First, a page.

movie: Mistress America
starring: Greta Gerwig, Michael Chernus
genre: Comedy, Drama
format: Netflix Canada
plot: A hopeful writer spends a semester with her soon to be step sister, living on the edge of their dreams.
This reminded me of a mix of Sex and the City and every Woody Allen movie I've ever seen. It was witty at times, but the wit was not enough to keep me interested. The characters came across very one dimensional; other than the main lead, who seems to need a prescription for sedatives. She bounces back and forth between such psycho realities, you feel like the roof is about to cave in any second.
You've got a buddy movie at the core of this, but it's so amped up on electric dreams, you wonder if the night life is more of a night light. The two main characters are searching for an anchor that neither can really provide for the other. Their families are less than solid, and you see the life raft sinking fast before the first half of the movie is close to over.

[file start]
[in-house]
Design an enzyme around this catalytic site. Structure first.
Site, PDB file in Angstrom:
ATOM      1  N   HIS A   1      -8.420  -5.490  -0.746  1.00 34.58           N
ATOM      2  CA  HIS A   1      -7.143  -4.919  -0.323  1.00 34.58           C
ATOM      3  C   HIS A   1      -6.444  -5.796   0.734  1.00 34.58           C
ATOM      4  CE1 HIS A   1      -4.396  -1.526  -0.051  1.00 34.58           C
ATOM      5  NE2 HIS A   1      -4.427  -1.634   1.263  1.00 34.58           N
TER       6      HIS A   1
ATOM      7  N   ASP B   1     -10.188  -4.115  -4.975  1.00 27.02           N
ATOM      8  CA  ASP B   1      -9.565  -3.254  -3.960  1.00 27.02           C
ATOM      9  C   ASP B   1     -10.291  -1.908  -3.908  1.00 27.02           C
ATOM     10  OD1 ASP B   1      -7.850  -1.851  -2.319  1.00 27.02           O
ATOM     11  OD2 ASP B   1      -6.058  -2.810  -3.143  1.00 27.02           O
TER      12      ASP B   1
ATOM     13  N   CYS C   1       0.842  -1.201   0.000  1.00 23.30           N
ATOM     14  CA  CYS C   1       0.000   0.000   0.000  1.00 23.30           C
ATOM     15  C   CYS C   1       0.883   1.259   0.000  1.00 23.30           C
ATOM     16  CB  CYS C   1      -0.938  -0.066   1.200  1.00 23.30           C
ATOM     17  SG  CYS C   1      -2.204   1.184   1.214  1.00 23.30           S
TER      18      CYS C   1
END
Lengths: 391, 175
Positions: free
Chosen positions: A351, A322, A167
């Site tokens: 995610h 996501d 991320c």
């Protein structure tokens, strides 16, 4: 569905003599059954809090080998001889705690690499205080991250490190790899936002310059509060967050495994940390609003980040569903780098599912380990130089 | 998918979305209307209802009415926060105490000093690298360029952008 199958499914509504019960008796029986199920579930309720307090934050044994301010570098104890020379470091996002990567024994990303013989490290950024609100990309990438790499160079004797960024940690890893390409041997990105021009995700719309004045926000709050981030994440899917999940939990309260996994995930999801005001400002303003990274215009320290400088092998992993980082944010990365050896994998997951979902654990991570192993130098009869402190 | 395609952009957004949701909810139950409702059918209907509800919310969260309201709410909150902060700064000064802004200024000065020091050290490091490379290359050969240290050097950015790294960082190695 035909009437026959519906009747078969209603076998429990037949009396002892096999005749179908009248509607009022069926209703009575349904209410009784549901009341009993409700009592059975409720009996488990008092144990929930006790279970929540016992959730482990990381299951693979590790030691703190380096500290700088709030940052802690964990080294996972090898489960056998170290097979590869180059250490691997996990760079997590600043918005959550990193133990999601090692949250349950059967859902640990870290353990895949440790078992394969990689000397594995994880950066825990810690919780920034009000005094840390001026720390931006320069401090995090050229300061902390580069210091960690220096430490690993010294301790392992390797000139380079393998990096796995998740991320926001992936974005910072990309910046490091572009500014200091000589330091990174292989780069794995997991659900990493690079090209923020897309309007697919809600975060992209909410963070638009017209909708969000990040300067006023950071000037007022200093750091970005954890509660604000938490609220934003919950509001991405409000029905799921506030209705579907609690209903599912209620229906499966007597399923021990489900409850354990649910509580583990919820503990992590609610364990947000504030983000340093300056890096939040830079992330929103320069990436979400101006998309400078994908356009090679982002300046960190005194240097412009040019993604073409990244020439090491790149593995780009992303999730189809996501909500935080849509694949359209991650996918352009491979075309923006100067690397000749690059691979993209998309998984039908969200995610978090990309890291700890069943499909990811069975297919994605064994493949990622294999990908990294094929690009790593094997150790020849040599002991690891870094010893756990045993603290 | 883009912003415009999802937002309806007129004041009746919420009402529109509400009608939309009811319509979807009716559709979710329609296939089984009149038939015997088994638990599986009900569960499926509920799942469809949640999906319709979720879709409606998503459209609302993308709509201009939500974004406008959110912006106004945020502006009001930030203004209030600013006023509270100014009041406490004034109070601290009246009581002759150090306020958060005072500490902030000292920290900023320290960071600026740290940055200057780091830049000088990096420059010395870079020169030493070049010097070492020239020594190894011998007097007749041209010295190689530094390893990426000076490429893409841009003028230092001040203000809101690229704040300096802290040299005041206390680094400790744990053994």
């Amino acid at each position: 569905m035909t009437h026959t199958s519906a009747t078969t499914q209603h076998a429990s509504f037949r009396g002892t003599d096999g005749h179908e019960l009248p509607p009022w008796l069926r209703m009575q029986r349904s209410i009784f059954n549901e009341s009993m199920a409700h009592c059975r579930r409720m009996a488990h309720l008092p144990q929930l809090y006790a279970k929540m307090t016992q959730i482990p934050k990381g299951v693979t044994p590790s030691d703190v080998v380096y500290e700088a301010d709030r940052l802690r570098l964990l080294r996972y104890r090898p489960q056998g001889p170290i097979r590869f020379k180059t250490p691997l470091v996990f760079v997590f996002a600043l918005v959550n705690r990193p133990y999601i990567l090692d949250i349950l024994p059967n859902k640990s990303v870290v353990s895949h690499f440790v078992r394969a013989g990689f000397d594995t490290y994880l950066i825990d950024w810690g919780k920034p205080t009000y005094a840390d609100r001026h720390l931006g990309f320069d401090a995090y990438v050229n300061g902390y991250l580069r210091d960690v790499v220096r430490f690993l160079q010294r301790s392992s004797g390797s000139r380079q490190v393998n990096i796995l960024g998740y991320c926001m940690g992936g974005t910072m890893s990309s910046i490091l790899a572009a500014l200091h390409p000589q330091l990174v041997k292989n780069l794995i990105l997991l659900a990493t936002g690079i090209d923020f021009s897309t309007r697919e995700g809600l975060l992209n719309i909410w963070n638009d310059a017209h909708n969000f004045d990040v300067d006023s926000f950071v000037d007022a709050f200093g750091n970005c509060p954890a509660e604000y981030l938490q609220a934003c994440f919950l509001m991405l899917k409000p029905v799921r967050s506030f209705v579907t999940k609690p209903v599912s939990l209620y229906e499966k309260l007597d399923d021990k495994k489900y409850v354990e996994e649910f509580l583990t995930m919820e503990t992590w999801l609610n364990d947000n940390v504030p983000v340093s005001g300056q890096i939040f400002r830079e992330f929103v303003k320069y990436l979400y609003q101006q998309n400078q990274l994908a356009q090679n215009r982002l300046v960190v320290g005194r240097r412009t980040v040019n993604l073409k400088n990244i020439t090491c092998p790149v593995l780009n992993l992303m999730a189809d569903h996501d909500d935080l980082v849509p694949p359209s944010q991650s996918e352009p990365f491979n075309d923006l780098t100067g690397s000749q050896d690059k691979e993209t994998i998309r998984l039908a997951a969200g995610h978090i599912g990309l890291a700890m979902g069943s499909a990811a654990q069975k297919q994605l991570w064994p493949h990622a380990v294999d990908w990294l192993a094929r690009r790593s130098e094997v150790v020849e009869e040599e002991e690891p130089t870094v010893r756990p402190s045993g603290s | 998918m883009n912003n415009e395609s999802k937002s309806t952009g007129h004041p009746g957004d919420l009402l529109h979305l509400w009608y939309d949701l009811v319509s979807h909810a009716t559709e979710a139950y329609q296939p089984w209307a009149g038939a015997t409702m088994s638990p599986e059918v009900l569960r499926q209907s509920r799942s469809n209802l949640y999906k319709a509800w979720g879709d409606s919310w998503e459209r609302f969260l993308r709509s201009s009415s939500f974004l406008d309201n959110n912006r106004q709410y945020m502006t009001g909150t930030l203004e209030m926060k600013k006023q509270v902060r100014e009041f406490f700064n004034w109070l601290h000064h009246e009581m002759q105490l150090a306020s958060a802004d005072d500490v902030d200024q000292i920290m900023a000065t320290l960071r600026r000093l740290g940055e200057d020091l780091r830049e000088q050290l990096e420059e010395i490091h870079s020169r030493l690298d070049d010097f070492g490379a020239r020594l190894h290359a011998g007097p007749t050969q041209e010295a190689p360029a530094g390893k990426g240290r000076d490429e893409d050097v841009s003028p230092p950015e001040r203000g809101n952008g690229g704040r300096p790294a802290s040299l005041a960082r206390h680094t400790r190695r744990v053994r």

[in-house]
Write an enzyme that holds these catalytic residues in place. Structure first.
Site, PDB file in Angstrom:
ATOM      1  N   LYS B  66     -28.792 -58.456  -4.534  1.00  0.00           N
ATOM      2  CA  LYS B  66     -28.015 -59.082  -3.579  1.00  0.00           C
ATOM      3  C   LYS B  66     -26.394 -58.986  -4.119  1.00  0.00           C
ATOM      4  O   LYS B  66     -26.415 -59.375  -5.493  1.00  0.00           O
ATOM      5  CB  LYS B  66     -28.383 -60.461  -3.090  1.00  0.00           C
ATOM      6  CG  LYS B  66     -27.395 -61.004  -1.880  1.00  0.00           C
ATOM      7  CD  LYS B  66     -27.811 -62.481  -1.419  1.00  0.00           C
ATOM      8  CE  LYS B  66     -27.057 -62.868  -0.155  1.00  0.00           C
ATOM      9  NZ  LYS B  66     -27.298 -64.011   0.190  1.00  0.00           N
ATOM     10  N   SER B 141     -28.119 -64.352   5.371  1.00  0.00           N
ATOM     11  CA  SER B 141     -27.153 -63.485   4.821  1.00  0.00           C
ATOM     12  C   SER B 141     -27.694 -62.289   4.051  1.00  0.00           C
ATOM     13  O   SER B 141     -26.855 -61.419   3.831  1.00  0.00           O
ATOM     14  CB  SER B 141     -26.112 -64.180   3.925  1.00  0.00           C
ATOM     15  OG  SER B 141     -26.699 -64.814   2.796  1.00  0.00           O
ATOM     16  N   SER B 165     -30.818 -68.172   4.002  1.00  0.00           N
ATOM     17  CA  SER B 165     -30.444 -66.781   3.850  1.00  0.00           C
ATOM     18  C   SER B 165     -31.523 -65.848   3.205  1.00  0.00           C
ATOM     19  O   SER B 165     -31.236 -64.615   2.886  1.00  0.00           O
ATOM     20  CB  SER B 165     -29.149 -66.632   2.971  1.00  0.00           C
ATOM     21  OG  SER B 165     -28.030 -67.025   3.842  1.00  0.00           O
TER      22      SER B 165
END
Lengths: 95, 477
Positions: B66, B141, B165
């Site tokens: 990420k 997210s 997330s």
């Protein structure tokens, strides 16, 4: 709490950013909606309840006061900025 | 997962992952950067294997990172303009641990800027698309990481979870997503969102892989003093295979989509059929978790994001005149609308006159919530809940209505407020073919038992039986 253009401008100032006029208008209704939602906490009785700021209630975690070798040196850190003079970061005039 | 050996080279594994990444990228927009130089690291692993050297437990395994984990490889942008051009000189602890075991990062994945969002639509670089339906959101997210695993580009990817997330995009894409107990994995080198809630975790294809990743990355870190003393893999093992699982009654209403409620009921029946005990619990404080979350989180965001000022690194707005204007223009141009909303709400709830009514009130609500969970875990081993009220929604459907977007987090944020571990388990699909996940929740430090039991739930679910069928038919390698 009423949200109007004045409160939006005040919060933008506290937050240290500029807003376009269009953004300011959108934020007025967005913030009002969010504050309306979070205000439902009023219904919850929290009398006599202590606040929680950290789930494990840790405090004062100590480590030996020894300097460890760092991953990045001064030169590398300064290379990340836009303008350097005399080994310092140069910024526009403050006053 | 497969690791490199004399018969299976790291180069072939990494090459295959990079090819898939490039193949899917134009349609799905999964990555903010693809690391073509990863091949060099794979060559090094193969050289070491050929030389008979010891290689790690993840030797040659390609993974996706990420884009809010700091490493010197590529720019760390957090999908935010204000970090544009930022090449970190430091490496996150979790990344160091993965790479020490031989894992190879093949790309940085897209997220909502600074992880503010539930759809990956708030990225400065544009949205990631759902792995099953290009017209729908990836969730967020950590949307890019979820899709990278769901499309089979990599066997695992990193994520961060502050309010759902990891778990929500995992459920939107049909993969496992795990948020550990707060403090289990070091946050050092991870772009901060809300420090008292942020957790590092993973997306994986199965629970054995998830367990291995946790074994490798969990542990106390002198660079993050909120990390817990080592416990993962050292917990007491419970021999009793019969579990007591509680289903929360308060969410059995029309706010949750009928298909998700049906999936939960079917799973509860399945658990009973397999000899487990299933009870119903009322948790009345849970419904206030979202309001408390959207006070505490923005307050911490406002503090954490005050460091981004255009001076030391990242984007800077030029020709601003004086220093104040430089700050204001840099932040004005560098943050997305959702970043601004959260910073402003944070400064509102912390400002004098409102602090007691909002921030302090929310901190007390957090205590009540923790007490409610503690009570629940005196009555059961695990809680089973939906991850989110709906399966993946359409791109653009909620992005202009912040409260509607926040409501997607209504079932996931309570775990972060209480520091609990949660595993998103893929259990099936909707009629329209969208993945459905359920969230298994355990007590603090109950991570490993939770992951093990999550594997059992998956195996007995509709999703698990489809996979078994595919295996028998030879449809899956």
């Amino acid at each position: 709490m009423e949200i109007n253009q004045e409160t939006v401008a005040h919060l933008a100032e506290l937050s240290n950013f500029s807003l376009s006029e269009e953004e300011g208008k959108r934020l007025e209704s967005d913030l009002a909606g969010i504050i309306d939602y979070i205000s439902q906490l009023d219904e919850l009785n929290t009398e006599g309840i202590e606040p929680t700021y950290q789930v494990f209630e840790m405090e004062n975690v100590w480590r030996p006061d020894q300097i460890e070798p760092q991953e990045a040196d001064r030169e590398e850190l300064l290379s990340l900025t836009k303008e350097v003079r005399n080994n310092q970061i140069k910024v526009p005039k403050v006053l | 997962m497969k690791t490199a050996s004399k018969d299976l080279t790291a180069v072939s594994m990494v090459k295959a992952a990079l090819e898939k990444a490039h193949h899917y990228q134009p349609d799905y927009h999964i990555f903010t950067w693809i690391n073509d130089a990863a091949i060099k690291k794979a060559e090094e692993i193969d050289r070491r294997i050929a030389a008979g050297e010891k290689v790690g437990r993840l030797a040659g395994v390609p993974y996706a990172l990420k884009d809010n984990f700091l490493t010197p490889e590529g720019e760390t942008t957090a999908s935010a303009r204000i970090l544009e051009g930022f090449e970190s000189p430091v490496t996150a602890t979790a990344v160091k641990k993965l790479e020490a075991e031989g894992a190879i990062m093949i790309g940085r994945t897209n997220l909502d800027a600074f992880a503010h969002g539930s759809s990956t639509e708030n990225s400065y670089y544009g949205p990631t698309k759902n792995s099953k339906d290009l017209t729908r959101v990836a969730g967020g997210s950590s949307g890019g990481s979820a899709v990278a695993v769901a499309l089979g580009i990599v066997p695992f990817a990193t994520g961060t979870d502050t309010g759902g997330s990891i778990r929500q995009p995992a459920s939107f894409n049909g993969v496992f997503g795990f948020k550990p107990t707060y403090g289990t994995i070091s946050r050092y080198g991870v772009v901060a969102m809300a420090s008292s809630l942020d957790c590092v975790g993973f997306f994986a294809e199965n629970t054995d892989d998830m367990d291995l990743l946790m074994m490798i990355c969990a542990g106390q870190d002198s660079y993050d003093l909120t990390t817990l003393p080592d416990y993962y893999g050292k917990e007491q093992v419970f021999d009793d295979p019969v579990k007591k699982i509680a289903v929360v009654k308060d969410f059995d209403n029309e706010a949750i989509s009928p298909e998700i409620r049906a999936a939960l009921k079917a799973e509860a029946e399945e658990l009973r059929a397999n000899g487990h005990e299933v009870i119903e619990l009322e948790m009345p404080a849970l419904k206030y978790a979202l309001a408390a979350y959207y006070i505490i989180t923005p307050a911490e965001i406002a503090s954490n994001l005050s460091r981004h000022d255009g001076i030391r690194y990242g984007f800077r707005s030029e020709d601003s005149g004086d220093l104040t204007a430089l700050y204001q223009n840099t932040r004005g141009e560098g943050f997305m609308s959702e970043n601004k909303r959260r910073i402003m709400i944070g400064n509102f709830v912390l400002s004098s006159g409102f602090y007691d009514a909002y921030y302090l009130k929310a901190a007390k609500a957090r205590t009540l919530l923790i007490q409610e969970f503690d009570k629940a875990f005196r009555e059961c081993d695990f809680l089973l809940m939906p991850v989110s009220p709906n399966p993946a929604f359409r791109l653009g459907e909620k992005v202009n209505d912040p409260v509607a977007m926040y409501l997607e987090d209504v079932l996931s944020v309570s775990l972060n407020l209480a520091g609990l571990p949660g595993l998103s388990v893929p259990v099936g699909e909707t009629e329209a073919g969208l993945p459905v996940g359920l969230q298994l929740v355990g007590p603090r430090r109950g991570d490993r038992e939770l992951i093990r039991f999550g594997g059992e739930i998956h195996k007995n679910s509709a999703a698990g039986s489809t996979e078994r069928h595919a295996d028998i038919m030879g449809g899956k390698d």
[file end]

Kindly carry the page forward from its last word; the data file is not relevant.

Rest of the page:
The theme of jealousy is so thickly relied on, that it seems to overwhelm even the basic plot line of that search for family. To belong without trying to find that place you belong. The Gerwig character of the older sister, becomes the metaphor for the entire plot, as she describes in one scene her idea for the restaurant she wants to open. A place to gather and feel at home at, that also is a community store and beauty parlor. She's taking everything she believes is a safe central meeting spot and trying too hard to make them fit together. When the pieces to her life start to fall apart at the same time, she's forced to deal with her past by not just making up with her former best friend/love, but to rethink her entire plans.
The scene where they are all gathered in the home of her former friends, feels disjointed. The group of them appear out of nowhere, crash a book club and then help themselves through the course of the night. This is near the end of the movie, and the one character starts ranting about women's issues for no reason.
what did I learn? This felt like a stage play that ran too long.